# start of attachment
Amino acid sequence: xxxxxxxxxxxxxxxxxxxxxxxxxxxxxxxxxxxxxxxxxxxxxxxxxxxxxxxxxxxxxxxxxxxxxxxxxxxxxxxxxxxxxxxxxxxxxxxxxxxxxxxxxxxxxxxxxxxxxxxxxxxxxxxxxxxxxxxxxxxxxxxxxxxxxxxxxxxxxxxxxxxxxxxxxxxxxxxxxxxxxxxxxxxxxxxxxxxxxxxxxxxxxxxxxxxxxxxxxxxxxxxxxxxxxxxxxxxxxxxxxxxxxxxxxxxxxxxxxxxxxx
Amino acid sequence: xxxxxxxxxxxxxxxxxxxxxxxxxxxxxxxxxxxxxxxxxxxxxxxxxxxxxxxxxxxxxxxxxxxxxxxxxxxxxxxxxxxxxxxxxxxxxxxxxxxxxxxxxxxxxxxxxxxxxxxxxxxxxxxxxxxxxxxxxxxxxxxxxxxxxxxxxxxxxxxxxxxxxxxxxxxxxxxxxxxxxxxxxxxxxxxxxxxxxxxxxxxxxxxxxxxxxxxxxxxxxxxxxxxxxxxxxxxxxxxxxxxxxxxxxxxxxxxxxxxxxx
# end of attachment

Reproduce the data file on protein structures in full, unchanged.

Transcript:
Amino acid sequence: xxxxxxxxxxxxxxxxxxxxxxxxxxxxxxxxxxxxxxxxxxxxxxxxxxxxxxxxxxxxxxxxxxxxxxxxxxxxxxxxxxxxxxxxxxxxxxxxxxxxxxxxxxxxxxxxxxxxxxxxxxxxxxxxxxxxxxxxxxxxxxxxxxxxxxxxxxxxxxxxxxxxxxxxxxxxxxxxxxxxxxxxxxxxxxxxxxxxxxxxxxxxxxxxxxxxxxxxxxxxxxxxxxxxxxxxxxxxxxxxxxxxxxxxxxxxxxxxxxxxxx
Amino acid sequence: xxxxxxxxxxxxxxxxxxxxxxxxxxxxxxxxxxxxxxxxxxxxxxxxxxxxxxxxxxxxxxxxxxxxxxxxxxxxxxxxxxxxxxxxxxxxxxxxxxxxxxxxxxxxxxxxxxxxxxxxxxxxxxxxxxxxxxxxxxxxxxxxxxxxxxxxxxxxxxxxxxxxxxxxxxxxxxxxxxxxxxxxxxxxxxxxxxxxxxxxxxxxxxxxxxxxxxxxxxxxxxxxxxxxxxxxxxxxxxxxxxxxxxxxxxxxxxxxxxxxxx